Notwithstanding the economic rewards and the degree to which the USA has become more energy self-sufficient, in a recent speech about climate change, President Obama spoke with enthusiasm about the environmental benefits of extracting natural gas:

“Sometimes there are disputes about natural gas, but let me say this: We should strengthen our position as the top natural gas producer because, in the medium term at least, it not only can provide safe, cheap power, but it can also help reduce our carbon emissions.”

President Obama then added:

“The bottom line is natural gas is creating jobs. It's lowering many families' heat and power bills. And it's the transition fuel that can power our economy with less carbon pollution even as our businesses work to develop and then deploy more of the technology required for the even cleaner energy economy of the future.”

With the USA embracing the shale gas revolution it is right that the UK Government is eager to begin exploring for shale gas in Britain.

It is estimated by the British Geological Survey – the world’s longest-operating national geological survey and the UK’s premier centre for earth science expertise – that there is 1,300 trillion cubic feet of shale gas in the north of England alone. This is enough to supply Britain significant amounts of gas to reduce imports and provide new tax revenues to the Exchequer.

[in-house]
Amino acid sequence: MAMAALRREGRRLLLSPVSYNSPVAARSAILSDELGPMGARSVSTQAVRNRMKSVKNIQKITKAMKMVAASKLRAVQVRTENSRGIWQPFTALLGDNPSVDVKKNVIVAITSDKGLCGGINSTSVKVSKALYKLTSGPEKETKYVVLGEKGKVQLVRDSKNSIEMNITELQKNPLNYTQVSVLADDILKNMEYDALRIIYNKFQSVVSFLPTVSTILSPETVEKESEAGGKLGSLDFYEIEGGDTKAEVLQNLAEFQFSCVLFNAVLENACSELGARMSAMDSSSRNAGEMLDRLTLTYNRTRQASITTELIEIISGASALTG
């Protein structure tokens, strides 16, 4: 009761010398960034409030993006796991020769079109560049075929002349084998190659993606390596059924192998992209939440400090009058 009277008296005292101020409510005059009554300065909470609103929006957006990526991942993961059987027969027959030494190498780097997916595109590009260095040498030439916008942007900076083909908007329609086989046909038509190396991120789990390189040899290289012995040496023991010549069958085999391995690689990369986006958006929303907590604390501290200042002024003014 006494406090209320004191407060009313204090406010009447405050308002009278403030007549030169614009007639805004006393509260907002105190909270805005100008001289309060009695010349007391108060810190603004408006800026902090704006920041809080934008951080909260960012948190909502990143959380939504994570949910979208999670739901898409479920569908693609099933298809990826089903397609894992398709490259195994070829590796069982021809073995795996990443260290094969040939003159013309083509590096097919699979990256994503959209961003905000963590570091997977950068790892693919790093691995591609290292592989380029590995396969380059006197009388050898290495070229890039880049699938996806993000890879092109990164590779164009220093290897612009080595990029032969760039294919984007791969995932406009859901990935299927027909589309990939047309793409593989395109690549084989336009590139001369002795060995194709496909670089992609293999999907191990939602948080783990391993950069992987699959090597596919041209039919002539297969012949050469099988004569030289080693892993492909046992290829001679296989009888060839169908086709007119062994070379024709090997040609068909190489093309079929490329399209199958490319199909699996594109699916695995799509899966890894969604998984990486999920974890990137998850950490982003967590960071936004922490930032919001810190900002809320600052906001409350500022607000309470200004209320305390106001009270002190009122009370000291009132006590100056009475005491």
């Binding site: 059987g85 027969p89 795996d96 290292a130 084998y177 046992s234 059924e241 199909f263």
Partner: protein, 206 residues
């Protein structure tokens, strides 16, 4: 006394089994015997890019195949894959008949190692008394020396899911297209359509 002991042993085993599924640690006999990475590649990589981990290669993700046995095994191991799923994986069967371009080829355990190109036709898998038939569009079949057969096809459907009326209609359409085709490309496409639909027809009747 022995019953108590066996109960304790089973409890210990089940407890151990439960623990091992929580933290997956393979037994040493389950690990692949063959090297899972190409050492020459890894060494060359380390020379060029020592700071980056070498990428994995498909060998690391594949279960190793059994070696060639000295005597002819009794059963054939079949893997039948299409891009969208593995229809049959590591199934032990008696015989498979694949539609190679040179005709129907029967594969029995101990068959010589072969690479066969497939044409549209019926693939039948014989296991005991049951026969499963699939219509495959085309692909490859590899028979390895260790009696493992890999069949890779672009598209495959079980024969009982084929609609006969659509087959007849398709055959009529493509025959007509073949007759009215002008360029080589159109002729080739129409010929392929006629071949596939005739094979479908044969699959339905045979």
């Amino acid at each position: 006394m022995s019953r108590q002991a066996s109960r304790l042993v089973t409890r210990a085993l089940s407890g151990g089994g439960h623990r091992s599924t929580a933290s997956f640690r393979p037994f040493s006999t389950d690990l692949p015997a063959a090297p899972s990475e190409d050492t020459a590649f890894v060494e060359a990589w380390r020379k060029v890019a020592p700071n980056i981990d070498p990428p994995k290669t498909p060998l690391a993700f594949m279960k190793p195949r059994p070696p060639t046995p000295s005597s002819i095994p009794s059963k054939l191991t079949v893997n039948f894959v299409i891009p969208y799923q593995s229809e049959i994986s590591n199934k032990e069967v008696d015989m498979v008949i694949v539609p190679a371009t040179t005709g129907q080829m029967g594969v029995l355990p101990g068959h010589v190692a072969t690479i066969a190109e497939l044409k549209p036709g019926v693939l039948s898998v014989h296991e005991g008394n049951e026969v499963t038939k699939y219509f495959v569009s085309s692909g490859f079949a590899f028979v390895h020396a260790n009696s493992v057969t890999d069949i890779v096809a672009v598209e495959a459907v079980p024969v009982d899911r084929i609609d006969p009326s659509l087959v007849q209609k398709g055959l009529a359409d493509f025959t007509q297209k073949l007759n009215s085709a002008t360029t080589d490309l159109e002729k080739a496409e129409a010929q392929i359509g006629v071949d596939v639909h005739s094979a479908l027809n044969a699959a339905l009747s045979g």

In addition to improving our energy security and fiscal position, shale gas extraction represents sustained economic growth and the availability of tens of thousands of new jobs for geologists, engineers, construction workers, business analysts and many others. If Britain can achieve the same degree of success as the USA, domestic gas prices could also fall by as much as 60%, which could help keep household energy bills down.

Despite these potential benefits, in Balcombe we have also seen the energy agenda being dictating by a group of left wing ‘professional protestors’ whose organising tactics are akin to the flying pickets of the past.

Having planned to protest at the West Burton power station, these groups, including UKUncut and Occupy, diverted their attention to ‘swoop’ on Balcombe to set up a ‘Reclaim the Power’ camp. As many would expect at a left wing green protest, there was criminal behaviour involving illegal trespassing, possession of illicit substances, as well as dozens of arrests, including individuals who allegedly assaulted a police officer. We also had the pathetic publicity stunt of the attention hungry Green MP Caroline Lucas getting herself arrested.

Just as we’ve seen with the anti-cuts demonstrations, these protests have little to do with the issues they purport to care about but instead attract extremists who wish to cause havoc and see Britain pushed back to the economic Dark Ages. The Government must not back down in the face of these protests and instead press ahead with developing an energy policy that enables shale gas to be part of our energy mix.